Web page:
HHS to Focus on Burdensome Regulations
Last spring, Health and Human Services (HHS) Secretary Tommy G. Thompson announced a departmentwide initiative to reduce the regulatory burdens in health care and respond faster to the concerns of providers and patients affected by the rules issued by the department's agencies, such as the Food and Drug Administration and the Centers for Medicare & Medicaid Services. As part of this initiative, Thompson created the Advisory Committee on Regulatory Reform, which held its first meeting in January.
ASHP is pleased that one of our members, Michele M. Evink, M.S., FASCP, of the Clarke County Hospital in Osceola, Iowa, has been appointed to the Secretary's advisory committee. Her presence on the committee will give pharmacists a voice in improving patient care.
Below is the text of the letter, dated Jan. 18, that ASHP sent Evink congratulating her on the appointment.
On behalf of the American Society of Health-System Pharmacists (ASHP) and the ASHP Board of Directors, I would like to formally extend congratulations to you on your appointment to the Secretarys Advisory Committee on Regulatory Reform by Secretary Tommy G. Thompson of the Department of Health and Human Services (DHHS).
As you are well aware, regulations issued by DHHS agencies, such as the Food and Drug Administration and the Centers for Medicare and Medicaid Services, have a great impact not only on the day-to-day practice of pharmacy but, more significantly, on the outcome of patient care. The advisory committees mandate to determine how agency rules may interfere with the operation of HHS programs relating to how health care practitioners provide patient care will have a significant role to play in future reforms in the nations health-care system.
ASHP commends you for your dedication and commitment to the profession of pharmacy. As the only pharmacist appointed to this important committee, I believe this recognition speaks highly of your professional commitment and others recognition of this dedication. I am aware that you have been in contact with ASHP staff in the Government Affairs Division since your appointment. I hope you will continue to use ASHP as a resource and will contact us at any time when we can be of assistance.
ASHP wishes you the best of luck in this important endeavor. Your work on the committee is not only a great responsibility, but also a great opportunity to substantiate the importance of pharmacists involvement in providing patient care. All involved in the health care world will eagerly anticipate the resulting outcome of this project.
Henry R. Manasse, Jr., Ph.D., Sc.D.
To assist the advisory committee in identifying burdensome regulations and recommending improvements, HHS has given the public an opportunity to provide input on the hardships imposed by departmental regulations. ASHP is soliciting comments from members (see the letter below), but anyone who wants to submit individual comments to HHS may do so by March 5. The official notice requesting comments from the public appeared in the Jan. 4 Federal Register.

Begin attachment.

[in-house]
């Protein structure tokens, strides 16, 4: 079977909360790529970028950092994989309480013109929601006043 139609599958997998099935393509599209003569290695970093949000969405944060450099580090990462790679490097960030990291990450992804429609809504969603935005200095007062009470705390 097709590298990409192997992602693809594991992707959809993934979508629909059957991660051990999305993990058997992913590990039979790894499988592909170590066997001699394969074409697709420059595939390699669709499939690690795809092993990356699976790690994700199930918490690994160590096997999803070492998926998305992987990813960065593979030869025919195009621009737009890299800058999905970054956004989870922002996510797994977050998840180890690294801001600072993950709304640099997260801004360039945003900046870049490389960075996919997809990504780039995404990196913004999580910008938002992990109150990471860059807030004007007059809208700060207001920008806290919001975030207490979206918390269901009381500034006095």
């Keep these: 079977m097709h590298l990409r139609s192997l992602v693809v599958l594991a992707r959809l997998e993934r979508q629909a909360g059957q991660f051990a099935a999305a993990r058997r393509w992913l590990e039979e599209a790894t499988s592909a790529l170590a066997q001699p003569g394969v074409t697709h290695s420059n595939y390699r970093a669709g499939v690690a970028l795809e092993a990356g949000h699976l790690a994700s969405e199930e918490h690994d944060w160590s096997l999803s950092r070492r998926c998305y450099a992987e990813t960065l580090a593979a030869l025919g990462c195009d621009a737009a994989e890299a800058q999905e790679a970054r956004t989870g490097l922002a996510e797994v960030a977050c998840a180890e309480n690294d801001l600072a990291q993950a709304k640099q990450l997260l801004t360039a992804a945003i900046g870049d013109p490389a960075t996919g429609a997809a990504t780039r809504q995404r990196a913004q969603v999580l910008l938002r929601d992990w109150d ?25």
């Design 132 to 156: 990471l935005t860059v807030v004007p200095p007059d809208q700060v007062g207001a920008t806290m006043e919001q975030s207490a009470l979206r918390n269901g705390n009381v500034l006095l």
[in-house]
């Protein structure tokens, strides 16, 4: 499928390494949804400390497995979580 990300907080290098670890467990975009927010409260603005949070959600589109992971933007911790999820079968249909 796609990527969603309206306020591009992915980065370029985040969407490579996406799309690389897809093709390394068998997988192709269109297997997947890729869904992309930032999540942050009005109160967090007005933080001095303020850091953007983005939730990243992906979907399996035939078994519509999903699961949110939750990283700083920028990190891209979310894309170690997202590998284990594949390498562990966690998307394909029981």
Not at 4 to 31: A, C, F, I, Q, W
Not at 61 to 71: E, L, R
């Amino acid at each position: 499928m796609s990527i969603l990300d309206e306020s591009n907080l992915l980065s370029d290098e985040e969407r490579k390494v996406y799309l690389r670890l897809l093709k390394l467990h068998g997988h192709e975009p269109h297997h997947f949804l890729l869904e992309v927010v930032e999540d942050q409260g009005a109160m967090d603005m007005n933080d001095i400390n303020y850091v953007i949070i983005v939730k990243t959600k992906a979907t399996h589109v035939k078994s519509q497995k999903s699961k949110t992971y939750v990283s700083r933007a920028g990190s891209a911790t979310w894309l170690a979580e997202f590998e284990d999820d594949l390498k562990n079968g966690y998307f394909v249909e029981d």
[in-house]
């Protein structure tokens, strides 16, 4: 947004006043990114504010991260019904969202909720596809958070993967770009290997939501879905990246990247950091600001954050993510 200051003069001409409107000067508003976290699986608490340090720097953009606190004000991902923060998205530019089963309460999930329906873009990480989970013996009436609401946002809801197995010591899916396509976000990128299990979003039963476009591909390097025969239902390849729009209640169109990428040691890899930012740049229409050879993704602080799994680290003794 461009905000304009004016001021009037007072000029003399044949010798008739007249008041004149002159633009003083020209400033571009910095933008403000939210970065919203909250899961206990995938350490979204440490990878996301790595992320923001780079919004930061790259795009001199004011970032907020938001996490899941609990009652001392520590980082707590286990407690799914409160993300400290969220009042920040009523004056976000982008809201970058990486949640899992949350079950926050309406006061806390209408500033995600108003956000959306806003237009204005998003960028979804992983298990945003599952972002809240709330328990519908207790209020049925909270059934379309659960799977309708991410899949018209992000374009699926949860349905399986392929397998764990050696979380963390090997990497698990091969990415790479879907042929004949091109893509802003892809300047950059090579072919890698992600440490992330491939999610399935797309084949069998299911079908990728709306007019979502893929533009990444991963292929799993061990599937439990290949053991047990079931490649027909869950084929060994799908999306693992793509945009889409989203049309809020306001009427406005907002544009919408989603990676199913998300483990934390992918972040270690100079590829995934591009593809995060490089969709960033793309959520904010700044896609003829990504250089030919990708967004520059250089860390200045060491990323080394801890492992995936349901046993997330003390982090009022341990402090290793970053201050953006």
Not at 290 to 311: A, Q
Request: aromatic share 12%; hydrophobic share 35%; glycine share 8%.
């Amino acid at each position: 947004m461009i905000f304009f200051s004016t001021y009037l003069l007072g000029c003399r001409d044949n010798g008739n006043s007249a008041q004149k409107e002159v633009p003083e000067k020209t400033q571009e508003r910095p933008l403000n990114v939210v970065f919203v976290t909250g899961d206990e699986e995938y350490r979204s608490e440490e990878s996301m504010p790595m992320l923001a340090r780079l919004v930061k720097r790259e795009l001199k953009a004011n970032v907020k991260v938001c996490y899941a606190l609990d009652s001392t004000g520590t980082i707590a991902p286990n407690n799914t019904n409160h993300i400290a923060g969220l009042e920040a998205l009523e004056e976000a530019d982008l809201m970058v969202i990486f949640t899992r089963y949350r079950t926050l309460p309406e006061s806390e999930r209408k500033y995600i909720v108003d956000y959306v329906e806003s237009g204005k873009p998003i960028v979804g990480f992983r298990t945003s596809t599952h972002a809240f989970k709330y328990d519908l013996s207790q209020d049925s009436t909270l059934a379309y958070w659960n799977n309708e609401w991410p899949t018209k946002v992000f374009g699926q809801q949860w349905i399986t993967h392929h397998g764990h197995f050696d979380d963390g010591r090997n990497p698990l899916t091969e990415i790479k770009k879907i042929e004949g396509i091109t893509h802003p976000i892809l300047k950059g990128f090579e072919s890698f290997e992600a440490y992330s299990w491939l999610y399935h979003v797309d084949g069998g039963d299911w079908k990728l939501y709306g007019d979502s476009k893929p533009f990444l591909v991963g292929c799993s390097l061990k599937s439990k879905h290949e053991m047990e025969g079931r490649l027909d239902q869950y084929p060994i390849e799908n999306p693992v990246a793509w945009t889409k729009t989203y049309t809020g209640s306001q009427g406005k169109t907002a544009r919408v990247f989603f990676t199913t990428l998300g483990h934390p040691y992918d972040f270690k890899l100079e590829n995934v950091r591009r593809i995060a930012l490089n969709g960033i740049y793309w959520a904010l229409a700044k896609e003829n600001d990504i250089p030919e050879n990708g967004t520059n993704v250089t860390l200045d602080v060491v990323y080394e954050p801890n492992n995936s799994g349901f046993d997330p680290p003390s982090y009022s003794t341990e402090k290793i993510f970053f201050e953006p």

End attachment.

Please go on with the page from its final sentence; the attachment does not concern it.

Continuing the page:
January 10, 2002
Enclosed for your review and comment is a Department of Health and Human Services (DHHS) notice and request for comments published in the Federal Register on January 4, 2002, requesting comments for review by the new HHS Advisory Committee on Regulatory Reform.
Last Spring, DHHS Secretary Tommy G. Thompson announced a department-wide initiative to reduce regulatory burdens in health care and respond faster to the concerns of providers and patients who are affected by rules issued by DHHS agencies such as the Food and Drug Administration and the Centers for Medicare & Medicaid Services. As part of this initiative, Secretary Thompson created the Advisory Committee on Regulatory Reform, which held its first meeting in January 2002. The advisory committee is reviewing HHS regulations to identify agency rules that "interfere with the operation of the programs to which they relate, are unduly intrusive, or are inconsistent with other requirements and thus unduly reduce flexibility, inhibit innovation, or impede efforts to improve quality of health care and access to health services or other rights and benefits for patients and consumers."
To assist the advisory committee in identifying burdensome regulations and recommend improvements in those regulations, the January 4 Federal Register notice announced an opportunity for public input on what regulatory burdens exist in health care delivery, health care operations, development of drugs and other medical products, and biomedical and health services research. HHS wants input on how "regulations or program requirements interfere with the delivery or receipt of care, innovation in health care delivery operations, or research, or the development of new products and treatments." Comments should be as detailed as possible in relation to specific regulations, and should include your thoughts on how agency regulations are confusing, conflicting, or obsolete; impose unnecessary or excessive costs; require unreasonable recordkeeping; or impede patient access to care or your ability to provide care.
You should also include your thoughts about alternative approaches that could be taken to achieve or accomplish the same regulatory goal but with a lesser burden.
To help ASHP develop its comments on the January 4, 2002, Federal Register notice, please provide me with your input no later than Monday, February 11, 2002. Written comments may be sent to my attention at ASHP, 7272 Wisconsin Avenue, Bethesda, MD 20814; you may fax your comments to me at 301-657-1615, or e-mail them to me at firstname.lastname@example.org.
Please read the enclosed Federal Register notice carefully. ASHP is relying on your expertise, and your analysis will be central to ASHP's input to DHHS. Thank you for your cooperation.